This is a legitimate email. John needs to change his password immediately, and ensure that two-factor authentication is turned on his account.

He can go to this link: https://myaccount.google.com/security to do both. It is absolutely imperative that this is done ASAP.

If you or he has any questions, please reach out to me at [phone].

It may be that he mistyped legitimate for illegitimate. But he also said that Podesta should change his email password and added two-factor authentication. Perhaps the mistake was in forwarding the email with the link, rather than just responding by saying Podesta was being phished.

The part that has always puzzled me about this email — and the likely reason why he’s now telling a story that doesn’t entirely make sense — is that he also did the safe thing. He provided the real GMail address at which staffers could have changed the password and added 2FA. Had those staffers used that link, they could have avoided a whole lot of trouble and made any subsequent hack less likely.

I even, at one point, doubted whether this really could have been the email used to hack Podesta, because it shouldn’t have worked, given that he took the right steps (though the timing of the emails does correlate with the dates of what got released).

What is more likely to have happened is that one of the women used the bad URL to change the password (which would have appeared all shiny in the original), rather than the correct URL that Delavan provided. That is, it may be that Delavan is covering for one of the women.

Update; I realized after posting how the typo thing might make sense, and changed that part, but there’s still the point that he did the right thing here.

Update: Slate interviewed Delavan, who said the NYT got the phrasing wrong. The story still doesn’t seem to make sense entirely.

Marcy Wheeler is an independent journalist writing about national security and civil liberties. She writes as emptywheel at her eponymous blog, publishes at outlets including Vice, Motherboard, the Nation, the Atlantic, Al Jazeera, and appears frequently on television and radio. She is the author of Anatomy of Deceit, a primer on the CIA leak investigation, and liveblogged the Scooter Libby trial.

Marcy has a PhD from the University of Michigan, where she researched the “feuilleton,” a short conversational newspaper form that has proven important in times of heightened censorship. Before and after her time in academics, Marcy provided documentation consulting for corporations in the auto, tech, and energy industries. She lives with her spouse in Grand Rapids, MI.

Why Is CIA Avoiding the Conclusion that Putin Hacked Hillary to Retaliate for Its Covert Actions?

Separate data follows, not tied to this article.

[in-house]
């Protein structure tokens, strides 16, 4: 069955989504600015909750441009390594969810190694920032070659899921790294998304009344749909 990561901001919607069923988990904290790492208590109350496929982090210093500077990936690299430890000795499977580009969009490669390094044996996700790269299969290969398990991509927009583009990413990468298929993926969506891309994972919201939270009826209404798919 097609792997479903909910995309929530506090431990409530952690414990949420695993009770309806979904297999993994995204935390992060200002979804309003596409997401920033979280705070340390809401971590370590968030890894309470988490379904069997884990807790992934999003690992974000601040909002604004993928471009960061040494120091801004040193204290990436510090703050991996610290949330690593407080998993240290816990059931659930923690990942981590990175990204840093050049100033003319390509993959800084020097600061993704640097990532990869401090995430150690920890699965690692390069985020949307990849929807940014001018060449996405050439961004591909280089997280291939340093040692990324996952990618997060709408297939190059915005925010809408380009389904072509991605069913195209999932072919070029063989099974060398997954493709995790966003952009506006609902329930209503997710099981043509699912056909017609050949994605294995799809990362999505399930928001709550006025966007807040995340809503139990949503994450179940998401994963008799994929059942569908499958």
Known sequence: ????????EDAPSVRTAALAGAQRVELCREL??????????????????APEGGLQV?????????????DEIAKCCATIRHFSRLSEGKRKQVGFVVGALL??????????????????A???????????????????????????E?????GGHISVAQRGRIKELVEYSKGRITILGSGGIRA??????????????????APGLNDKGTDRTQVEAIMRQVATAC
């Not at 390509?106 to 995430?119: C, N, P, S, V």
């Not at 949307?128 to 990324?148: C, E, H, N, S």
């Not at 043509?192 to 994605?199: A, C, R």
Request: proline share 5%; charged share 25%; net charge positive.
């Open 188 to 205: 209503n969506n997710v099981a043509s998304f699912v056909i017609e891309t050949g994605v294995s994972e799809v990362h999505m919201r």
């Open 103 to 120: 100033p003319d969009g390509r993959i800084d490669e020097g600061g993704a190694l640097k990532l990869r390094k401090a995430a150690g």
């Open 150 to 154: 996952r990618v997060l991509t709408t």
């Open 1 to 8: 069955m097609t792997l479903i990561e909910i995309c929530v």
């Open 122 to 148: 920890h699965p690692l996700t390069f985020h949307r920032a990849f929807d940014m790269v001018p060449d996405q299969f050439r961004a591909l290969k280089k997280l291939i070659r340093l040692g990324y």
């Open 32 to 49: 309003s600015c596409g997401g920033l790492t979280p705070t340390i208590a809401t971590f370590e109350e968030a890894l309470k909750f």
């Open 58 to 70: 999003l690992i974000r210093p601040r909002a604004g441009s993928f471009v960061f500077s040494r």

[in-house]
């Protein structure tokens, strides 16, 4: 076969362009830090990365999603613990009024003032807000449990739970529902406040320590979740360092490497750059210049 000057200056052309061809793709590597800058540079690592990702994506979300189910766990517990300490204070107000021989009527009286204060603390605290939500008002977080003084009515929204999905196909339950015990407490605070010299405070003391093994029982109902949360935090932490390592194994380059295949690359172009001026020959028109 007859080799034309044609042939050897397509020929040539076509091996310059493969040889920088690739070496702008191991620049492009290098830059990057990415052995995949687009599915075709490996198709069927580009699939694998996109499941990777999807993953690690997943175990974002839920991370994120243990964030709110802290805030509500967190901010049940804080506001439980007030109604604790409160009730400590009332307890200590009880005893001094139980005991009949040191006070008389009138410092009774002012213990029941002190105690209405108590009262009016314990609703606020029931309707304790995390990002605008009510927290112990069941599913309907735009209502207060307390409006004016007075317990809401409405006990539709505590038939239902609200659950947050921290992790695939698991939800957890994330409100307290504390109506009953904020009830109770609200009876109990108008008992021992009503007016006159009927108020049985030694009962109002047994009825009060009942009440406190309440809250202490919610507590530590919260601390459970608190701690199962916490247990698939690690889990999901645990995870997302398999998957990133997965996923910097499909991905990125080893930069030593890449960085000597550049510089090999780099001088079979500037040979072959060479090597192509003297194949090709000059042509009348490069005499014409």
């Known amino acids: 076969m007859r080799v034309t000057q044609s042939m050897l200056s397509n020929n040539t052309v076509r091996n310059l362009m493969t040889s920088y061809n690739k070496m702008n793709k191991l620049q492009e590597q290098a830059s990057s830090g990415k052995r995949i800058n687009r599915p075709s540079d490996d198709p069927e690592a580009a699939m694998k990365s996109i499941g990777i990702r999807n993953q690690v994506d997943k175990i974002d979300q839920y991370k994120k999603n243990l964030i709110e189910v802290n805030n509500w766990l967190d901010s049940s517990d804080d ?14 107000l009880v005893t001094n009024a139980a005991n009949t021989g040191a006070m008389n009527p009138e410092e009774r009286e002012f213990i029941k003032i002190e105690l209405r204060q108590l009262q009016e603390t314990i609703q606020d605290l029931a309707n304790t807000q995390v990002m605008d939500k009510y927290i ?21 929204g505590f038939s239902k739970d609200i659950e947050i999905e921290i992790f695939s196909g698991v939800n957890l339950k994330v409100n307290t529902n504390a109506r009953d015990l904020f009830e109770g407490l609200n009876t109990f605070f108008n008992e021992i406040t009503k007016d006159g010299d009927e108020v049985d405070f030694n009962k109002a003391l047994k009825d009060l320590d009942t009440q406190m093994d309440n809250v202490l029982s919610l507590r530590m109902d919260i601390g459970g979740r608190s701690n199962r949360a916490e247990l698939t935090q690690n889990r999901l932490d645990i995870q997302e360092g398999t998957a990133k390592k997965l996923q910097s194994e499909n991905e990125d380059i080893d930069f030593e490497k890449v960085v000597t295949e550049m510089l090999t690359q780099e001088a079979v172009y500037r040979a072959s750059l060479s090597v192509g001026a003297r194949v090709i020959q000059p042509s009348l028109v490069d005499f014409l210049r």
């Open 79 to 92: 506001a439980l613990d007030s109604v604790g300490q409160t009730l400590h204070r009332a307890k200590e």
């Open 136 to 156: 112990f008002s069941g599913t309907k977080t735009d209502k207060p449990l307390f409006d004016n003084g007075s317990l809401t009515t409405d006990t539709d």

The most logical explanation for the parade of leaks since Friday about why Russia hacked the Democrats is that the CIA has been avoiding admitting — perhaps even considering — the conclusion that Russia hacked Hillary in retaliation for the covert actions the CIA itself has taken against Russian interests.

Based on WaPo’s big story Friday, I guessed that there was more disagreement about Russia’s hack than its sources — who seemed to be close to Senate Democrats — let on. I was right. Whereas on Friday WaPo reported that it was the consensus view that Russia hacked Hillary to get Trump elected, on Saturday the same journalists reported that CIA and FBI were giving dramatically different briefings to Intelligence Committees.

The question the Republicans and Democrats in attendance wanted answered was whether the bureau concurred with the conclusions the CIA had just shared with senators that Russia “quite” clearly intended to help Republican Donald Trump defeat Democrat Hillary Clinton and clinch the White House.

For the Democrats in the room, the FBI’s response was frustrating — even shocking.

During a similar Senate Intelligence Committee briefing held the previous week, the CIA’s statements, as reflected in the letter the lawmakers now held in their hands, were “direct and bald and unqualified” about Russia’s intentions to help Trump, according to one of the officials who attended the House briefing.

[snip]

“The FBI briefers think in terms of criminal standards — can we prove this in court,” one of the officials said. “The CIA briefers weigh the preponderance of intelligence and then make judgment calls to help policymakers make informed decisions. High confidence for them means ‘we’re pretty damn sure.’ It doesn’t mean they can prove it in court.”

The FBI is not sold on the idea that Russia had a particular aim in its meddling. “There’s no question that [the Russians’] efforts went one way, but it’s not clear that they have a specific goal or mix of related goals,” said one U.S. official.

Subsequent leaks have continued to make it clear there’s a dispute both about what motive Russia had to target Hillary (to destabilize the US? to get Trump elected?) and how much evidence there is (the FBI thinks it is circumstantial, the CIA thinks it a  smoking gun). In addition, there have been unanswered questions about why CIA only briefed that Russia affirmatively supported Hillary this week, when reportedly they have had the evidence that conclusion is based on for months.

Remarkably, only secondary commenters (including me, in point 13 here) have suggested the most obvious explanation: The likelihood that Russia targeted the former Secretary of State for a series of covert actions, all impacting key Russian interests, that at least started while she was Secretary of State. Those are:

  • Misleadingly getting the UN to sanction the Libya intervention based off the claim that it was about protecting civilians as opposed to regime change